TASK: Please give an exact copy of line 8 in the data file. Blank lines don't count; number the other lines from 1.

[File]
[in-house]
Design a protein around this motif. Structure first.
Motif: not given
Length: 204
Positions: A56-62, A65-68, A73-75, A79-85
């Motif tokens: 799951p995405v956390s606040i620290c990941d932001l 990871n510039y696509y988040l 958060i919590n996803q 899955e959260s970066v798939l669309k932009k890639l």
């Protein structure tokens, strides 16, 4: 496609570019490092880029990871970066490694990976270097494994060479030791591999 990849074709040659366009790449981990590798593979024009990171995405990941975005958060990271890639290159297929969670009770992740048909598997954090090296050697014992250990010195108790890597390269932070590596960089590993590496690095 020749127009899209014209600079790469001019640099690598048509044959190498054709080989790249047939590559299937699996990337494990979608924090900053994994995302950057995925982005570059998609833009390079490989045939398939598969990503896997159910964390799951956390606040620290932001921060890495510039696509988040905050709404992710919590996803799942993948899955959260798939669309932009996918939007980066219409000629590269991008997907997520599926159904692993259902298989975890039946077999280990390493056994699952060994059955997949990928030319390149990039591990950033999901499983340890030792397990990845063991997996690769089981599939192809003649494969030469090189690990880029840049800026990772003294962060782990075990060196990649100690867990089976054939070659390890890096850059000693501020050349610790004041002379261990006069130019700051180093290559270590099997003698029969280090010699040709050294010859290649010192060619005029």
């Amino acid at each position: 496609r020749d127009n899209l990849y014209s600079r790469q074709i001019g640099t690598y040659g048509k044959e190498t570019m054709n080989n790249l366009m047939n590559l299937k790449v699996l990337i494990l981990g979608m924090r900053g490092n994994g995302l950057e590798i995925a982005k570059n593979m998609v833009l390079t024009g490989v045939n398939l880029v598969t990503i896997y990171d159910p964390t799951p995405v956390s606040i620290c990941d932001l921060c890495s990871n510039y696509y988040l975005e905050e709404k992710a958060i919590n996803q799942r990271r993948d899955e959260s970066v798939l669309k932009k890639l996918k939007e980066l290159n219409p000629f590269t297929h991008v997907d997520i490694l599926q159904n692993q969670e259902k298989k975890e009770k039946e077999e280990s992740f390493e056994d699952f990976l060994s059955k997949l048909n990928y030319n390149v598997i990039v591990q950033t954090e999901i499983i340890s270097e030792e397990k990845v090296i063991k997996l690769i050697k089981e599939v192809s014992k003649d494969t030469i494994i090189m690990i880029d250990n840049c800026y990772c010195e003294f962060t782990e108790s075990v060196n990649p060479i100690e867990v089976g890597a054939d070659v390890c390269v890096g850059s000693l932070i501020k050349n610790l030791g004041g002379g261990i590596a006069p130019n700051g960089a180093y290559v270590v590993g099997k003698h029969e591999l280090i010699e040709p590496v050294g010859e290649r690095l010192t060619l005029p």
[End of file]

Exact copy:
């Amino acid at each position: 496609r020749d127009n899209l990849y014209s600079r790469q074709i001019g640099t690598y040659g048509k044959e190498t570019m054709n080989n790249l366009m047939n590559l299937k790449v699996l990337i494990l981990g979608m924090r900053g490092n994994g995302l950057e590798i995925a982005k570059n593979m998609v833009l390079t024009g490989v045939n398939l880029v598969t990503i896997y990171d159910p964390t799951p995405v956390s606040i620290c990941d932001l921060c890495s990871n510039y696509y988040l975005e905050e709404k992710a958060i919590n996803q799942r990271r993948d899955e959260s970066v798939l669309k932009k890639l996918k939007e980066l290159n219409p000629f590269t297929h991008v997907d997520i490694l599926q159904n692993q969670e259902k298989k975890e009770k039946e077999e280990s992740f390493e056994d699952f990976l060994s059955k997949l048909n990928y030319n390149v598997i990039v591990q950033t954090e999901i499983i340890s270097e030792e397990k990845v090296i063991k997996l690769i050697k089981e599939v192809s014992k003649d494969t030469i494994i090189m690990i880029d250990n840049c800026y990772c010195e003294f962060t782990e108790s075990v060196n990649p060479i100690e867990v089976g890597a054939d070659v390890c390269v890096g850059s000693l932070i501020k050349n610790l030791g004041g002379g261990i590596a006069p130019n700051g960089a180093y290559v270590v590993g099997k003698h029969e591999l280090i010699e040709p590496v050294g010859e290649r690095l010192t060619l005029p």